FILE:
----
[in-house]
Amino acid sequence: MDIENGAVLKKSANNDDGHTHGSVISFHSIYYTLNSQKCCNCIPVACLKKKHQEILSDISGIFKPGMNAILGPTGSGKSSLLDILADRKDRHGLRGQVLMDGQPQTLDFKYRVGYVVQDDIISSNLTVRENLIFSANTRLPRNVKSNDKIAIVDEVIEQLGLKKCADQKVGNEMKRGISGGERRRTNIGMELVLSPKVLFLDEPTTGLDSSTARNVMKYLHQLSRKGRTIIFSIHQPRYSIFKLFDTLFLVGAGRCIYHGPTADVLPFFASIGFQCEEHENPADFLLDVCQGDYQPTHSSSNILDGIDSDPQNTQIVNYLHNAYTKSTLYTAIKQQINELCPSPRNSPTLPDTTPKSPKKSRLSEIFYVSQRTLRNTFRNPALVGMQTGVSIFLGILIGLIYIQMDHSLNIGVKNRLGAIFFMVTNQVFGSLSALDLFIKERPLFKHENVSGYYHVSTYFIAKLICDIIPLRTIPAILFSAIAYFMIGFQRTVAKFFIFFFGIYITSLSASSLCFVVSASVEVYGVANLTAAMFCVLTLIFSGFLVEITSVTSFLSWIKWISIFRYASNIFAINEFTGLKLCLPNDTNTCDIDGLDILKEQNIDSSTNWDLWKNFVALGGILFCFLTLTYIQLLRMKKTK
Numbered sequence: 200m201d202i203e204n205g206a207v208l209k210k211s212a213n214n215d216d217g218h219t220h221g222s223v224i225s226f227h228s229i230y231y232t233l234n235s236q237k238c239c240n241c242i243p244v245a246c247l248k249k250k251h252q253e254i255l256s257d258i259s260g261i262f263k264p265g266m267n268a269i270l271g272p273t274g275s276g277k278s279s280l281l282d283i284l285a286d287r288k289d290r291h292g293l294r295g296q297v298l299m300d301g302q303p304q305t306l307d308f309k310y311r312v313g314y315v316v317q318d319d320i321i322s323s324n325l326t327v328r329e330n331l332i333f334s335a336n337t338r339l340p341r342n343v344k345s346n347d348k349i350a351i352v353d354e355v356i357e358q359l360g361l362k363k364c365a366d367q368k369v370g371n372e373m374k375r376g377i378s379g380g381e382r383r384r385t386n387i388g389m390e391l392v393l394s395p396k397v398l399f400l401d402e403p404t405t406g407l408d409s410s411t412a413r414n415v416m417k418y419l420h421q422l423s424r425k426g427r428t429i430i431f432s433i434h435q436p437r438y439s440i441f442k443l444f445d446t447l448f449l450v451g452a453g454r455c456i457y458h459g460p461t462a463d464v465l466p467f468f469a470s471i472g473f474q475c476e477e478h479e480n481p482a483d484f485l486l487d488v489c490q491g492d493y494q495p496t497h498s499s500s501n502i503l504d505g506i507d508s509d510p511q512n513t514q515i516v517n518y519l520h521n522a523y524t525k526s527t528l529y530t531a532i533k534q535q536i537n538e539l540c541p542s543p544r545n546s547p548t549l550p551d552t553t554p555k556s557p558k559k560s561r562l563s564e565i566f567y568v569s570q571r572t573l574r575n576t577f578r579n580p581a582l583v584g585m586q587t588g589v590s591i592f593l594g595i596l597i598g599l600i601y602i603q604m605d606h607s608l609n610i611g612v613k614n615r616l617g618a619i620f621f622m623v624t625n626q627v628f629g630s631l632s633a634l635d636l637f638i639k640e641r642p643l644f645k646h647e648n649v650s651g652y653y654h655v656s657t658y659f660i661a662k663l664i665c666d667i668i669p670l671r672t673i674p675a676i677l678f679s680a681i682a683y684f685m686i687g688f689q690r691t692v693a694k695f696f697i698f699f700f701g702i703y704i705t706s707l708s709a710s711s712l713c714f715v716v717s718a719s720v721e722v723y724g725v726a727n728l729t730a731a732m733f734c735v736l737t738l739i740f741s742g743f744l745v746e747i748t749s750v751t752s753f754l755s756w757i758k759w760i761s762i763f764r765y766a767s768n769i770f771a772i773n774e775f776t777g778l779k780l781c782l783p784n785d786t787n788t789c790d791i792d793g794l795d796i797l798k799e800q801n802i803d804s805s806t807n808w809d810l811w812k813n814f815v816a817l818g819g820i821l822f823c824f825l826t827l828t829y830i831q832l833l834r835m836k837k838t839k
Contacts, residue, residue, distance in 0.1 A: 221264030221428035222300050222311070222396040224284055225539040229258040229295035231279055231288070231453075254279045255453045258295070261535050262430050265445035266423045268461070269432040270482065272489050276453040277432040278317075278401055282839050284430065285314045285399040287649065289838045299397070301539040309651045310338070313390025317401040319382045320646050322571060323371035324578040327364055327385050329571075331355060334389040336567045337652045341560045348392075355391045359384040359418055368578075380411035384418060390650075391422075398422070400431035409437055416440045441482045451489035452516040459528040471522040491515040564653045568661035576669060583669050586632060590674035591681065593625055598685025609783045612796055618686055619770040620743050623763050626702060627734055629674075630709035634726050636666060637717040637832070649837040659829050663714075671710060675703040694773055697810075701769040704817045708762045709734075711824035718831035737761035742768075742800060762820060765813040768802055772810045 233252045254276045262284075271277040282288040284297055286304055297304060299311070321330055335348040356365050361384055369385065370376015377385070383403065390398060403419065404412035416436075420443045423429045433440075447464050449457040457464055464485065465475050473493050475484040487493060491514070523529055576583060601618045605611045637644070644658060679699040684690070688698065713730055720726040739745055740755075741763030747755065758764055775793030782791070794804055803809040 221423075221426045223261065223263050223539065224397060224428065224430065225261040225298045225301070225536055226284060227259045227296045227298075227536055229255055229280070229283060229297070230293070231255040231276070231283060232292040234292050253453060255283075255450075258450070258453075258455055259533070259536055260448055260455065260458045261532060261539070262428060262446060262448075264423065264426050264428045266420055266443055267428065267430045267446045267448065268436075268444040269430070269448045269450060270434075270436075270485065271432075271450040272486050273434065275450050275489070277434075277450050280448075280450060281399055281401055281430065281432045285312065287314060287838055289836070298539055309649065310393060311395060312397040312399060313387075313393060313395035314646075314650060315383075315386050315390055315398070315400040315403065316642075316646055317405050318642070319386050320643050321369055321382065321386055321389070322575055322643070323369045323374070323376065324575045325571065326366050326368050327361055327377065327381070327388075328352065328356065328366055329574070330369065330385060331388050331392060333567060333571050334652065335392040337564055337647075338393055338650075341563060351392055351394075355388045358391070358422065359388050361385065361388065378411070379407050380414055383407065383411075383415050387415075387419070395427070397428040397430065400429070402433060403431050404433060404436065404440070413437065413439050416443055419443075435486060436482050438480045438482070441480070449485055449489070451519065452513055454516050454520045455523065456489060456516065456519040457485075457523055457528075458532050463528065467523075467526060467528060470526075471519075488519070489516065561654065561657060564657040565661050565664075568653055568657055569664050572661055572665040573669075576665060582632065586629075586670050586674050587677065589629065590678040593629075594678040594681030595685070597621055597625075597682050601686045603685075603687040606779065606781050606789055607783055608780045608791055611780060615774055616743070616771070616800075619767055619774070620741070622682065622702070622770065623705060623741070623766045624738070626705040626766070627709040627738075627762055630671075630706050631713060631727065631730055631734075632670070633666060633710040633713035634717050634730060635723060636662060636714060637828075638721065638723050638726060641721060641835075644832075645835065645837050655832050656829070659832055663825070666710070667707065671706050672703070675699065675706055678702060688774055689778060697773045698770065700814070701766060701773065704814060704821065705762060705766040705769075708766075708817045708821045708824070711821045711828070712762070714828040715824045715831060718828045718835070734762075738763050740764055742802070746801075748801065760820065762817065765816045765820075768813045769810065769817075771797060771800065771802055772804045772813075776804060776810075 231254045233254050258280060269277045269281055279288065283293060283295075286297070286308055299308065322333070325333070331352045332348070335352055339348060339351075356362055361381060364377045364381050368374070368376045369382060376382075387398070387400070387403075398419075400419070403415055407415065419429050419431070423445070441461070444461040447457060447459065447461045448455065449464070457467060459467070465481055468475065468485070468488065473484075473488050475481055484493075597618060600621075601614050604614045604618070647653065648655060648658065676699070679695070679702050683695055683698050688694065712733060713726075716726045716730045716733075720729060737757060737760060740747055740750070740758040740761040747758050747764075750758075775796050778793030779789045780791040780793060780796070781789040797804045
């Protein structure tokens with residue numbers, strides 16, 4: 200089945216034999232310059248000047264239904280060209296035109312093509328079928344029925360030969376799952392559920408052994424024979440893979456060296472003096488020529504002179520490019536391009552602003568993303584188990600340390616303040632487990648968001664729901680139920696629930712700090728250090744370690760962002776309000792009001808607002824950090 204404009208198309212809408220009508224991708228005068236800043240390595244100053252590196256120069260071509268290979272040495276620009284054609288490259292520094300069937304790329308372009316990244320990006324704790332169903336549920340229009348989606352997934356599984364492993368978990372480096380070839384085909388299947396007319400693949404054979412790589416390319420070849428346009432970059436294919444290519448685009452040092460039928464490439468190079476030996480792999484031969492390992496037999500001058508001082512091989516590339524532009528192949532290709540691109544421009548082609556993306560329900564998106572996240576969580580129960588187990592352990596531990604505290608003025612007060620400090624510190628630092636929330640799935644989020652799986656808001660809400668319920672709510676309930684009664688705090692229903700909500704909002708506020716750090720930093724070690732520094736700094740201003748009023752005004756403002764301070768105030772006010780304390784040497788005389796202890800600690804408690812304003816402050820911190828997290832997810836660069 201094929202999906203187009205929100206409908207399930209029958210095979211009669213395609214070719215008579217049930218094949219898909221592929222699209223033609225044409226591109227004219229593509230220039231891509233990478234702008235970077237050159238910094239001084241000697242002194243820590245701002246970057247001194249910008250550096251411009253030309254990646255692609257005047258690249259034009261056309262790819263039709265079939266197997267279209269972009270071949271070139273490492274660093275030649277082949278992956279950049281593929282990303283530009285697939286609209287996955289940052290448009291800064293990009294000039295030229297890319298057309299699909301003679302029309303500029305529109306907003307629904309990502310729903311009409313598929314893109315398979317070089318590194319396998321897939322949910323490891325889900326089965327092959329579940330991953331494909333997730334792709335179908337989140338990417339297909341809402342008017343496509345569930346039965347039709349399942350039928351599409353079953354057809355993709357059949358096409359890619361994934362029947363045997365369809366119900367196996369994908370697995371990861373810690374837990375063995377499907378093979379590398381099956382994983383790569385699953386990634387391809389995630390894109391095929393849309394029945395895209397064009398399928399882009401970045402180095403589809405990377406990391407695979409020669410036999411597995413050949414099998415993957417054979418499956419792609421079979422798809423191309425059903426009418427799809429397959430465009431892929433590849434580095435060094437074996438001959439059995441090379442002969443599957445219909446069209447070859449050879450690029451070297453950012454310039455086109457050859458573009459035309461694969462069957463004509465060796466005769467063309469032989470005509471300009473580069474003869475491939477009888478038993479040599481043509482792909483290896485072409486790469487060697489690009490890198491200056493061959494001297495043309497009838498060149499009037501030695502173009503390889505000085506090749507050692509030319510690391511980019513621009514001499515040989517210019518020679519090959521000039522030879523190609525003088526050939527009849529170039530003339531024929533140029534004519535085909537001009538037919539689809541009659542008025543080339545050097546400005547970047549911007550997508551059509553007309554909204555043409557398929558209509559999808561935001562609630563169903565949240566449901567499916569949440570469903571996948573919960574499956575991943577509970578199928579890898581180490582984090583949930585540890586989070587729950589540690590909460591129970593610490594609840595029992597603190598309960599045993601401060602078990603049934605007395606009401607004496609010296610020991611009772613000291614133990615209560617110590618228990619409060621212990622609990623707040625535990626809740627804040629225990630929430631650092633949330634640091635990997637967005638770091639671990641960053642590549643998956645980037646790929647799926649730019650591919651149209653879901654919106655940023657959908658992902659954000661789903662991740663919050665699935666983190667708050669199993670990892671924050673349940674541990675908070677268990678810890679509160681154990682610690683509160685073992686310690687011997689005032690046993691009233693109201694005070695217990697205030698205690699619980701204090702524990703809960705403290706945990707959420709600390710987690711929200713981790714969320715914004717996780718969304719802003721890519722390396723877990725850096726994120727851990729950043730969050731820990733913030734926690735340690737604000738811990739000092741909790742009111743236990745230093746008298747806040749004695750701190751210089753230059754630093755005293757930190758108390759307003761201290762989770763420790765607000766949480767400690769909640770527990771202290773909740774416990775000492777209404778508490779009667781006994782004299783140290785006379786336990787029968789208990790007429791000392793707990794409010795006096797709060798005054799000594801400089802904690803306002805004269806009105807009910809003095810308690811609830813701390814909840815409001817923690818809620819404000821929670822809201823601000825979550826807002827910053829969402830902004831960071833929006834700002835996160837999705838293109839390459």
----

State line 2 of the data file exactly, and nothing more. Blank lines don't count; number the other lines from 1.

Amino acid sequence: MDIENGAVLKKSANNDDGHTHGSVISFHSIYYTLNSQKCCNCIPVACLKKKHQEILSDISGIFKPGMNAILGPTGSGKSSLLDILADRKDRHGLRGQVLMDGQPQTLDFKYRVGYVVQDDIISSNLTVRENLIFSANTRLPRNVKSNDKIAIVDEVIEQLGLKKCADQKVGNEMKRGISGGERRRTNIGMELVLSPKVLFLDEPTTGLDSSTARNVMKYLHQLSRKGRTIIFSIHQPRYSIFKLFDTLFLVGAGRCIYHGPTADVLPFFASIGFQCEEHENPADFLLDVCQGDYQPTHSSSNILDGIDSDPQNTQIVNYLHNAYTKSTLYTAIKQQINELCPSPRNSPTLPDTTPKSPKKSRLSEIFYVSQRTLRNTFRNPALVGMQTGVSIFLGILIGLIYIQMDHSLNIGVKNRLGAIFFMVTNQVFGSLSALDLFIKERPLFKHENVSGYYHVSTYFIAKLICDIIPLRTIPAILFSAIAYFMIGFQRTVAKFFIFFFGIYITSLSASSLCFVVSASVEVYGVANLTAAMFCVLTLIFSGFLVEITSVTSFLSWIKWISIFRYASNIFAINEFTGLKLCLPNDTNTCDIDGLDILKEQNIDSSTNWDLWKNFVALGGILFCFLTLTYIQLLRMKKTK